Heat, dry weather taking its toll in Middle Tennessee

Posted at 5:18 PM, Sep 30, 2019
and last updated 2019-09-30 20:11:30-04

NASHVILLE, Tenn. (WTVF) — Temperatures reached 98 degrees on Monday in Middle Tennessee, breaking a new record for September 30th, as well as breaking a record for most 90 degree days in the month of September as summer turns to fall.

“We are in the first days of fall, so this a little unnerving for all of us," Mary Webber, director of horticulture at Cheekwood Estate and Gardens, said about the heat. “Most of us Tennesseans, we like our falls, but we have seen enough of them to know that it’s a gamble.”

Along with being one of the hottest Septembers, this September was officially the driest September on record, leading to drought conditions across Middle Tennessee.

Webber said many plants, whether they've been watered or not, are struggling due to the heat and dryness.

“They’re in survival mode,” Webber explained. “Our turf likes at least an inch and a half of water a week.”

For those looking to keep their grass green and their plants and trees hydrated, Webber suggests watering in the morning before the temperatures rise.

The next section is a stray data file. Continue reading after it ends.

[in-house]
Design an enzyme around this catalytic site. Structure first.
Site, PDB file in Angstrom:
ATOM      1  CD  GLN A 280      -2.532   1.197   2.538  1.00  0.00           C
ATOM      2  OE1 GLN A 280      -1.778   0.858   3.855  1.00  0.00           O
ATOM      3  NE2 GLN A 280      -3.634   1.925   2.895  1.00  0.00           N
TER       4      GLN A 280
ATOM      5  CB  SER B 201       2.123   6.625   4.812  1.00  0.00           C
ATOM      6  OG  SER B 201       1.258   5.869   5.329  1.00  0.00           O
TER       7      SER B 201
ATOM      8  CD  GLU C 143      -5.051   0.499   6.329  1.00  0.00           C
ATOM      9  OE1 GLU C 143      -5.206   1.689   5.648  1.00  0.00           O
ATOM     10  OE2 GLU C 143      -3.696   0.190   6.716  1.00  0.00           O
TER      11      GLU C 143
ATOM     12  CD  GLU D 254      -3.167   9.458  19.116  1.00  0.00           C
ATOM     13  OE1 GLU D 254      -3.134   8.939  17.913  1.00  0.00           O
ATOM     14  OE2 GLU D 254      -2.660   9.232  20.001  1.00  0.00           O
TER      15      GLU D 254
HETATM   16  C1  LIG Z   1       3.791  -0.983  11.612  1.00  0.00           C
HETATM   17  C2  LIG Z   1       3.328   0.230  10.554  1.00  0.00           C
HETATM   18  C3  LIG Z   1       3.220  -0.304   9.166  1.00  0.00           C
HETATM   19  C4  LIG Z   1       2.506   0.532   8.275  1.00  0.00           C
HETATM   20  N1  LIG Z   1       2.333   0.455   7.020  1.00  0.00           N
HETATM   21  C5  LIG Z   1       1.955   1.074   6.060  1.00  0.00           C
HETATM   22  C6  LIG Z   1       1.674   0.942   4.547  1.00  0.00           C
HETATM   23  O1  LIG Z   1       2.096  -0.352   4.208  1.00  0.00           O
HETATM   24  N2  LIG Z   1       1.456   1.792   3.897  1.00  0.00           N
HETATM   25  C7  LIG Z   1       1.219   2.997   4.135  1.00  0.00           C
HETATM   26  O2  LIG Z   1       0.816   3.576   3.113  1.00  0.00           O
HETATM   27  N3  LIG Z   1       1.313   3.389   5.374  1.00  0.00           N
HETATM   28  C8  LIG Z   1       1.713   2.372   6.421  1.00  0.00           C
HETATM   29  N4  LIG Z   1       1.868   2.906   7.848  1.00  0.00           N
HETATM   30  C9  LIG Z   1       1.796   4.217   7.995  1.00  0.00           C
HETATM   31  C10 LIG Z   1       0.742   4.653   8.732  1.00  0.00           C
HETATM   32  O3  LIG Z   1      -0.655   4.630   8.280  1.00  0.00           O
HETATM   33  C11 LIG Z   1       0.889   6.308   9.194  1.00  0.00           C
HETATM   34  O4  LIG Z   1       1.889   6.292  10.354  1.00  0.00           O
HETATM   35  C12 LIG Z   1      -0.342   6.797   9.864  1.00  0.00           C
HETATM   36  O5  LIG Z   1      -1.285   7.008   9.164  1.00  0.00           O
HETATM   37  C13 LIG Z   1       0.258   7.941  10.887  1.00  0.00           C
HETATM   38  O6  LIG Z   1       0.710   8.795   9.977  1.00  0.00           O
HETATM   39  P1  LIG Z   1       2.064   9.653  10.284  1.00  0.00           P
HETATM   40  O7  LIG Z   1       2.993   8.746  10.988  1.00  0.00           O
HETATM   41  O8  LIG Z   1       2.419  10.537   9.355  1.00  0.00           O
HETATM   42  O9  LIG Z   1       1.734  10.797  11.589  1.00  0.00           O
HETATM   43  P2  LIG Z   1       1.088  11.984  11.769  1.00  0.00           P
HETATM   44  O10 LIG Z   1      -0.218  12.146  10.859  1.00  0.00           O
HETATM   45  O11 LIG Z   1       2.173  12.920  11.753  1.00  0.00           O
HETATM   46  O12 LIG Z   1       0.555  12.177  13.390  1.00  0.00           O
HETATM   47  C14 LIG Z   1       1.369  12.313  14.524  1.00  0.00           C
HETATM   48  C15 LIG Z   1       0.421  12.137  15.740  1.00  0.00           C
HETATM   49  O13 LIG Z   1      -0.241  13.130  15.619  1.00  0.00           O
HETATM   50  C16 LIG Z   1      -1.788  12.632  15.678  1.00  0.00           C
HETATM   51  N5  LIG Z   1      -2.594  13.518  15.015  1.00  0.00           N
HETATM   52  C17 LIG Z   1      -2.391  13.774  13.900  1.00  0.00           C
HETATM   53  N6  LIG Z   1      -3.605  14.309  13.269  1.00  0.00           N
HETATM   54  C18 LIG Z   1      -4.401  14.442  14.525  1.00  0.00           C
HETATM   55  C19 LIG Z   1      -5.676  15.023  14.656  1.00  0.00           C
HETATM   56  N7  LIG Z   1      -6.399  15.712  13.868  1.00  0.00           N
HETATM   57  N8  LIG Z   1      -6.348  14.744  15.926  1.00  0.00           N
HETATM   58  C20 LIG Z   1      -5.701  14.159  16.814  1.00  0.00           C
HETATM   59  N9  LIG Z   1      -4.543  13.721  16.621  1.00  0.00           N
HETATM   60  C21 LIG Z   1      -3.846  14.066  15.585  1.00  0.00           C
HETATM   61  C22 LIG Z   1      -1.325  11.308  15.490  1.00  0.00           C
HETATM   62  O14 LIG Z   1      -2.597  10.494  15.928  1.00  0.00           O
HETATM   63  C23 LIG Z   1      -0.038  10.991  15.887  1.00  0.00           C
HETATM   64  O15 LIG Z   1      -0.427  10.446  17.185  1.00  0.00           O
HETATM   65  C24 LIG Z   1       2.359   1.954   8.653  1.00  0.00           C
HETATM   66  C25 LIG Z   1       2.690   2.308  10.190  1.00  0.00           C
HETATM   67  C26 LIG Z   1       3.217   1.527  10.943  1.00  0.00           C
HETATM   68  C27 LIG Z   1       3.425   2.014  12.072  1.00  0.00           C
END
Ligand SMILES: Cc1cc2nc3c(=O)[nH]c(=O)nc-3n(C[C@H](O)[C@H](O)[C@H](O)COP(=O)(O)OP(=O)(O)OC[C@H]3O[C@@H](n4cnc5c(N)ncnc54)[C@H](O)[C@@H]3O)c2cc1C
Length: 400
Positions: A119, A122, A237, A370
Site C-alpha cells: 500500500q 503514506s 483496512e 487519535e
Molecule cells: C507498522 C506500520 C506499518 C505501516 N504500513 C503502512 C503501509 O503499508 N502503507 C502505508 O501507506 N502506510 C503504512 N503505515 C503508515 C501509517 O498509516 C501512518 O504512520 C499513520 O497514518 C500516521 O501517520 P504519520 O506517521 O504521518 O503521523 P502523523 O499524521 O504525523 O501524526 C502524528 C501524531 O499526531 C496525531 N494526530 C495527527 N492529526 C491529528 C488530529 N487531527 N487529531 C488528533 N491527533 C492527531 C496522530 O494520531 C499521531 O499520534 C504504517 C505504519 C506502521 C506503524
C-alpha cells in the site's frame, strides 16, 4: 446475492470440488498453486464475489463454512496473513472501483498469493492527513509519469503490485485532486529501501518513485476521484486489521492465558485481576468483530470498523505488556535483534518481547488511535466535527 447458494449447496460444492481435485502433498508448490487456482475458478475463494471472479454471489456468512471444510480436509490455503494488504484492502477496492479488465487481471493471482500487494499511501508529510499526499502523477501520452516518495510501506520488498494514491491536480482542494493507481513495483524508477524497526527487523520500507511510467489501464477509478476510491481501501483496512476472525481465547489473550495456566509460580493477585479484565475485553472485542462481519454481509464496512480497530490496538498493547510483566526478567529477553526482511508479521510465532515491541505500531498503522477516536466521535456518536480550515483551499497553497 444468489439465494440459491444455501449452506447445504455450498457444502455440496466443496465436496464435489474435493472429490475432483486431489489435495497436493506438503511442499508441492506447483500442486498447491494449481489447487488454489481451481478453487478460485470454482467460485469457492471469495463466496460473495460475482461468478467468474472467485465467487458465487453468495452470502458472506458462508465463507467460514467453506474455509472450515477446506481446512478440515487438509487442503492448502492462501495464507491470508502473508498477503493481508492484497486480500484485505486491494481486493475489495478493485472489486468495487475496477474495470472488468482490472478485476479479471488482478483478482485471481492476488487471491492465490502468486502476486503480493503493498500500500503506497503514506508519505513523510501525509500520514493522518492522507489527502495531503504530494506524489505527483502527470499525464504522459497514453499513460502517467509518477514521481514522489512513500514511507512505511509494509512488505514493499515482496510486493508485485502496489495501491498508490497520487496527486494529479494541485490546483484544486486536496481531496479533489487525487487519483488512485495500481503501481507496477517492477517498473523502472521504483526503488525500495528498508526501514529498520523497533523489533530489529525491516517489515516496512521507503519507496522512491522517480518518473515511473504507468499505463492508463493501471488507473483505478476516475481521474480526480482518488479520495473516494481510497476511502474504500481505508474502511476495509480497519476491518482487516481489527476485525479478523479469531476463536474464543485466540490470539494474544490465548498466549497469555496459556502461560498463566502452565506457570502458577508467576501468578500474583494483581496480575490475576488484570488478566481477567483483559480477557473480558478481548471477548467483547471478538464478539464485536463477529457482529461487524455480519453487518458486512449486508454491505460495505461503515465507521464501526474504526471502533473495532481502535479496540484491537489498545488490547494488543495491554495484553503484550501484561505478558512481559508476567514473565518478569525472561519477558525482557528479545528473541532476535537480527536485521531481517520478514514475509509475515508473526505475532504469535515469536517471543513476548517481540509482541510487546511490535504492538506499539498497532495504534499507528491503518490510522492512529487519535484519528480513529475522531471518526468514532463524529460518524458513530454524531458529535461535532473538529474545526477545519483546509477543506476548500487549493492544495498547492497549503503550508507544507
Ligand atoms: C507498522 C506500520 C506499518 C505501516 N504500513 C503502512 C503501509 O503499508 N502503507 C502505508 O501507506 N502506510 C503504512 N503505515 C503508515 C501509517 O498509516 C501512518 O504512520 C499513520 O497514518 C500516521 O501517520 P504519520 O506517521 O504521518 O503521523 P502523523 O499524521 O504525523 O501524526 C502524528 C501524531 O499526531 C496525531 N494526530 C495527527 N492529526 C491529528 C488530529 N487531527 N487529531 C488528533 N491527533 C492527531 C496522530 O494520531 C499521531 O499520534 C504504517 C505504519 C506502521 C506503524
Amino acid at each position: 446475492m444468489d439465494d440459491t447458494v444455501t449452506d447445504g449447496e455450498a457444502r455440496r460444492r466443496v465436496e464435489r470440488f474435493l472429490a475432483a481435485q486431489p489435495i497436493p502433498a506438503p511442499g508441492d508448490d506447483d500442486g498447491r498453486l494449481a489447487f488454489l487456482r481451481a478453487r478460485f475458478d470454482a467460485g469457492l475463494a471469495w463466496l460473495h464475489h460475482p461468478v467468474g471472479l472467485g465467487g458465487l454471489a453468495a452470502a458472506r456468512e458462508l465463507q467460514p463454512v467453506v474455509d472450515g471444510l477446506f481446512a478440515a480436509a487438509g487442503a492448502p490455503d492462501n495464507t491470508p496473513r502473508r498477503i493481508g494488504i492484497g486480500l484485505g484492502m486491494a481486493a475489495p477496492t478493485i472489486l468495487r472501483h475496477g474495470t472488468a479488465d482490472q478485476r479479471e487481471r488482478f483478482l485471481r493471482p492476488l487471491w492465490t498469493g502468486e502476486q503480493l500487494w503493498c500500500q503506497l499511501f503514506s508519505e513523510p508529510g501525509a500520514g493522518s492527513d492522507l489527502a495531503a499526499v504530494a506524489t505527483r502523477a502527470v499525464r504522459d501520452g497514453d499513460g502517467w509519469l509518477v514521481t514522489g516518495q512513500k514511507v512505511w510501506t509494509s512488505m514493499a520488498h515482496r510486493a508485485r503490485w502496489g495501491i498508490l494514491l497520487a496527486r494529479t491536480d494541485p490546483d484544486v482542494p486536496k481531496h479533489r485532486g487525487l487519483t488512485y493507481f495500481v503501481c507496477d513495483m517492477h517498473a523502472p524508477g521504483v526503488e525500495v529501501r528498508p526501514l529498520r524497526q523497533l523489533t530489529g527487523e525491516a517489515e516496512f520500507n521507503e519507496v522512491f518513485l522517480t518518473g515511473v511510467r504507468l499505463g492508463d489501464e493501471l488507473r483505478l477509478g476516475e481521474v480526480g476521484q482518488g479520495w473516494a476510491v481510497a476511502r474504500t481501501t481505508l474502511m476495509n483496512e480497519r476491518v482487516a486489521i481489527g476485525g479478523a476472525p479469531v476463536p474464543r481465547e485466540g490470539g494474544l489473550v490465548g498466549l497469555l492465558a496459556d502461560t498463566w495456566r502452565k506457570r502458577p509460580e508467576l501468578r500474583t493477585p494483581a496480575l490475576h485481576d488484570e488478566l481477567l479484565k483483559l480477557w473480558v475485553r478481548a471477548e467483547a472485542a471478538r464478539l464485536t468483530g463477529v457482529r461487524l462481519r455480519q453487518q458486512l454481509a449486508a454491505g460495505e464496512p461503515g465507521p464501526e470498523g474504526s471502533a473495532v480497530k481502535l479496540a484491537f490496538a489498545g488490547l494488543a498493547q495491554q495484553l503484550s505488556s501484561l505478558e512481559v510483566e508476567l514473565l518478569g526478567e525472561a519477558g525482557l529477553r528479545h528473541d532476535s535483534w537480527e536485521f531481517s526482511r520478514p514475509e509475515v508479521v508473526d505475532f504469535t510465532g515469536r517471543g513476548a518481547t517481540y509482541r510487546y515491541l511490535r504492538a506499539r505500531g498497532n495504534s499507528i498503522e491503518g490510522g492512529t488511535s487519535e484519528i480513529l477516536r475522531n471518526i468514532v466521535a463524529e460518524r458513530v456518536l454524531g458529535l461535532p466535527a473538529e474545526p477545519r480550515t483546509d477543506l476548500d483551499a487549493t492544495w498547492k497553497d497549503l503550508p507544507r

As far as the heat goes, NewsChannel 5's Lelan Statom said while September was record breaking, it has been in stark contrast of what happened earlier this year.

“February was the wettest ever on record as far as that month of February is concerned, right now, this is going to go down as the driest September for Nashville," Statom Said, adding that when you look at history, there's potential for more hot days ahead. “Our latest 90 degree day on record is October 19th.”

While many people have theories about what a hot summer can mean for the other seasons, Statom said that one season doesn't necessarily impact another.

“You can’t really predict the following season based on what’s happening right now," Statom said.

As for the folks at Cheekwood, they've set up for Fall with Cheekwood Harvest, creating pumpkin structures.

Webber said while the temperatures are hot and the ground is dry, they're ready to host people who want to get into the autumn mood, and that Cheekwood itself is in good shape.

“I’ve seen these kind of seasons come and go, and we’ve come out just fine," Webber said.

Cheekwood Harvest lasts until October 27th and features pumpkins, scarecrows, plenty of flowers, and a beer garden on weekends and Thursday nights. More information can be found on their website.